Dog Medical Experiments Lead to Lawsuit for Wayne Statethe daily dish
Wayne State University in Detroit, Mich., is facing a lawsuit over the alleged nature of medical experiments conducted on dogs to learn about heart disease and high blood pressure, according to WWJ-TV.
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In its lawsuit, the Physicians Committee for Responsible Medicine claims that Wayne State illegally imported 21 dogs, on which the school performed cardiovascular experiments that were painful, unnecessary and did not contribute to human medicine.
A Michigan judge ordered the university to provide records of its experiments related to the dogs, which revealed the nature of the research conducted from March 2012 through April 2013.
Dr. John Pippin of the Physicians Committee described invasive surgeries and abusive experiments conducted on the dogs: "They have catheters and mechanical devices inserted into their body cavities and attached to their heart and blood vessels. They have the blood flow to their kidneys obstructed to create hypertension. And with all of this hardware in them, if they survive the surgeries, they are forced to run on a treadmill," Pippin said.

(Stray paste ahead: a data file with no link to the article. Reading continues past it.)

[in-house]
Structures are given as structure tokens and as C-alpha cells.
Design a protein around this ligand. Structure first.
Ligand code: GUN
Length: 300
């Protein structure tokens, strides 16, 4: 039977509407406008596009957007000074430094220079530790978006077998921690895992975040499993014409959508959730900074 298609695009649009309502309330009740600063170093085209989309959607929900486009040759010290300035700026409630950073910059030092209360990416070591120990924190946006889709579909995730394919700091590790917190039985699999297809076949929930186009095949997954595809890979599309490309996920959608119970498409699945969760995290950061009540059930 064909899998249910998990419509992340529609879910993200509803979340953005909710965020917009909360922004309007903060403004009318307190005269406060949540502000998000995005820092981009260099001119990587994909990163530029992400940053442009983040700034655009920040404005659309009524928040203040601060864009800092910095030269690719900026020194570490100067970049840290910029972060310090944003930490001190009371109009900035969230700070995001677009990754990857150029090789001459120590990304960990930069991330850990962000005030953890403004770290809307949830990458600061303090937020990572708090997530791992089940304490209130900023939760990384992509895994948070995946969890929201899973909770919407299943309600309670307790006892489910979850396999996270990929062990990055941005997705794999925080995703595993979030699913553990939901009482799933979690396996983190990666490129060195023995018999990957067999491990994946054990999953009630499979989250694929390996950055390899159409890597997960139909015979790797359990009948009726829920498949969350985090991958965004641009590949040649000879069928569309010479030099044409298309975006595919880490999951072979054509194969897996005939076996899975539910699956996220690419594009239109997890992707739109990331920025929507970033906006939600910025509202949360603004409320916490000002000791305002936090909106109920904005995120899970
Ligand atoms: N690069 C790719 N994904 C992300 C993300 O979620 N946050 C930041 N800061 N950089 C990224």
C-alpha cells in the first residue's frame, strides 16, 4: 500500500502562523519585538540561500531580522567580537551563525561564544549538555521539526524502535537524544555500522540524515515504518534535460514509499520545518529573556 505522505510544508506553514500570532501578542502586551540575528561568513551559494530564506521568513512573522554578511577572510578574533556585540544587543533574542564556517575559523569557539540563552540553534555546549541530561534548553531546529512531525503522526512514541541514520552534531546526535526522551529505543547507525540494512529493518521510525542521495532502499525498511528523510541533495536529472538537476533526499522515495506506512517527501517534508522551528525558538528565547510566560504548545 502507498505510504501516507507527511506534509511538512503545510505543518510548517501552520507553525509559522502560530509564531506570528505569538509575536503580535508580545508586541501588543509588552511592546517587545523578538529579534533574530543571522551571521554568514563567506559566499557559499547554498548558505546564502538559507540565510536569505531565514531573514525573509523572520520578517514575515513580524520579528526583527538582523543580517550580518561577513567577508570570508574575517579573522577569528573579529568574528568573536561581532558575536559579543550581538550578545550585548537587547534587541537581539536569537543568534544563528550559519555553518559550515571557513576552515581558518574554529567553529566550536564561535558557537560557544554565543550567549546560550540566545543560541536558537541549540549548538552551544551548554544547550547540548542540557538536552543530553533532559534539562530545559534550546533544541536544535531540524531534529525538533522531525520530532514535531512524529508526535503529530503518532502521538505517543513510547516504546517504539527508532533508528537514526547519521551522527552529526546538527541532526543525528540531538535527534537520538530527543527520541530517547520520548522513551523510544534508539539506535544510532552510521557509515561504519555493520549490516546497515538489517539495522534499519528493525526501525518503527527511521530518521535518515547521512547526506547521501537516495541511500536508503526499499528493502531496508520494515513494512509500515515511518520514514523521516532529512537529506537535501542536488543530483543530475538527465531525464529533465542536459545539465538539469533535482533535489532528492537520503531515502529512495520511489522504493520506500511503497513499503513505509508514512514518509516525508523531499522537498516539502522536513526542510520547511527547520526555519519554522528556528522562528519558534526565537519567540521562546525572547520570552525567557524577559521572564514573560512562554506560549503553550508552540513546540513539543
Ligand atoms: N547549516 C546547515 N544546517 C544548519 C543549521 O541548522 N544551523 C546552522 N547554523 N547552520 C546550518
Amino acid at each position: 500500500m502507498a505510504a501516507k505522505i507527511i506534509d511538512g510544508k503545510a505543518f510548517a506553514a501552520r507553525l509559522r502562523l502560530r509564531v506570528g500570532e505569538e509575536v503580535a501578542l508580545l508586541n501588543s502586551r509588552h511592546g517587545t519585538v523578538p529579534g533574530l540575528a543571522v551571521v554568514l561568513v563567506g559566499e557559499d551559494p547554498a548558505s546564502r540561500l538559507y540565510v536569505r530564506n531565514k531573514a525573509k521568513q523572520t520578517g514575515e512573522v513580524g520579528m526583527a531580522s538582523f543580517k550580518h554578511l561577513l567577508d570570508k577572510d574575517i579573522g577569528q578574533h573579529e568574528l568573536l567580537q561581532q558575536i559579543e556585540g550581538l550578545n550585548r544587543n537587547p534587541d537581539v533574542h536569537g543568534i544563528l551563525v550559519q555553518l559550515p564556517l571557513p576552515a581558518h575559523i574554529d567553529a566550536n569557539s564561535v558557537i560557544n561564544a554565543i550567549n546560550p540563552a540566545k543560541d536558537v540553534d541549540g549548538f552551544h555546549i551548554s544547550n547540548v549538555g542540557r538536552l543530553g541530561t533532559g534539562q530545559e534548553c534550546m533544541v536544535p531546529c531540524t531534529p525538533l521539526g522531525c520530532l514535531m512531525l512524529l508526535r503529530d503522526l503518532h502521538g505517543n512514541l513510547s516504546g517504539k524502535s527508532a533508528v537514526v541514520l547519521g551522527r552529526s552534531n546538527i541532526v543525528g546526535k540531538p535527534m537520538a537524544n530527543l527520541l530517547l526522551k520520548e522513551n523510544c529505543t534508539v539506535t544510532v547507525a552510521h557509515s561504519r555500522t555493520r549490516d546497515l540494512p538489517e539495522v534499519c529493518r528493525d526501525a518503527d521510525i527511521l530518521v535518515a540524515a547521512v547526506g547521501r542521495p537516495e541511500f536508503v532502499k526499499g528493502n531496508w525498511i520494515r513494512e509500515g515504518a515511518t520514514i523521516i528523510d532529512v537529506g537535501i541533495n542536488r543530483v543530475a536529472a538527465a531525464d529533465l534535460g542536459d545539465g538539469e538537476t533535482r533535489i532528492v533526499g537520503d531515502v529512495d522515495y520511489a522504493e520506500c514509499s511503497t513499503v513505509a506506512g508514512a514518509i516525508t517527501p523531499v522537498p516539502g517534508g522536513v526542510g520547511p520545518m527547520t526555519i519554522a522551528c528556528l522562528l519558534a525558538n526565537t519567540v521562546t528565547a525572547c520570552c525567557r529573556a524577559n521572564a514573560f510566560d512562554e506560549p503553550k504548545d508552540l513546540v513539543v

Pippin added that as many as one out of four dogs died during surgery or following surgery, before any actual research was conducted.
"These researchers, although they've published papers, they haven't advanced human medicine. There is nothing that my mother or your cousin has benefited from because all these dogs over the years have been tortured and killed," Pippin said.
The university denies the charges leveled against them in the lawsuit, and claims the committee took information out of context and presents it in a misleading manner.
The university released a statement defending its research. "Wayne State is committed to the protection of animals, but also recognizes the benefits of research involving animals," the statement read. "Wayne State University is committed to ensuring that all research and teaching protocols using live animals are designed and carried out in a humane manner that complies with all laws, policies and guidelines."
The statement also noted that a surprise USDA inspection on Nov. 13, 2013, "found no problems whatsoever."
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